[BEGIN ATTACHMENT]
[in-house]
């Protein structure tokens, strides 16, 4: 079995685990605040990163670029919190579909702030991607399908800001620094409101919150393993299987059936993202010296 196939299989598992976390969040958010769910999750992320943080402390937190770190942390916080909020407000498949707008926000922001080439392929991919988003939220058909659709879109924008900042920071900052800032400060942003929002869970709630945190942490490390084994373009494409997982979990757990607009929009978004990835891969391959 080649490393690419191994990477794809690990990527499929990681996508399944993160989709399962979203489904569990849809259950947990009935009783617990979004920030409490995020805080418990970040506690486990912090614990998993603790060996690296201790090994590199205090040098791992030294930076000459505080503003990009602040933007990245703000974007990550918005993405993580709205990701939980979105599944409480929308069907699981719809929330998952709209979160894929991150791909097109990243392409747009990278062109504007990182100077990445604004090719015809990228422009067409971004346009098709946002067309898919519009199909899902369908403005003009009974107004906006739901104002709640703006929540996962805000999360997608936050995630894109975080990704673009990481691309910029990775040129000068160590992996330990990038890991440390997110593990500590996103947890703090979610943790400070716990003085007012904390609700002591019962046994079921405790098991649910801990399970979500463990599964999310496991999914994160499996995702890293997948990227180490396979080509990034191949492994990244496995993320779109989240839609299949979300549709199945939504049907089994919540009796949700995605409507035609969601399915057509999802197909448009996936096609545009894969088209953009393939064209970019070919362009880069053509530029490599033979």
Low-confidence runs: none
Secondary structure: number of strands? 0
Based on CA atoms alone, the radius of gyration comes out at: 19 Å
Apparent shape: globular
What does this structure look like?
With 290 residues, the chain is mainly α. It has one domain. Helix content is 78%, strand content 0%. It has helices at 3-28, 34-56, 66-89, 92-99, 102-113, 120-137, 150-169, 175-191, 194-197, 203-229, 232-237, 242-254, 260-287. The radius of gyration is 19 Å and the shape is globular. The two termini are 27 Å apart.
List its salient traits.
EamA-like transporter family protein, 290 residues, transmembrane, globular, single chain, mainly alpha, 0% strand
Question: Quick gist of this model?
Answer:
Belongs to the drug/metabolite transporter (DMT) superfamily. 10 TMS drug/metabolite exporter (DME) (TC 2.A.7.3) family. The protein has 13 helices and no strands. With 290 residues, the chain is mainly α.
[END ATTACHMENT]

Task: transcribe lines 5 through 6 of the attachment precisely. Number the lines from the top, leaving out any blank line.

Based on CA atoms alone, the radius of gyration comes out at: 19 Å
Apparent shape: globular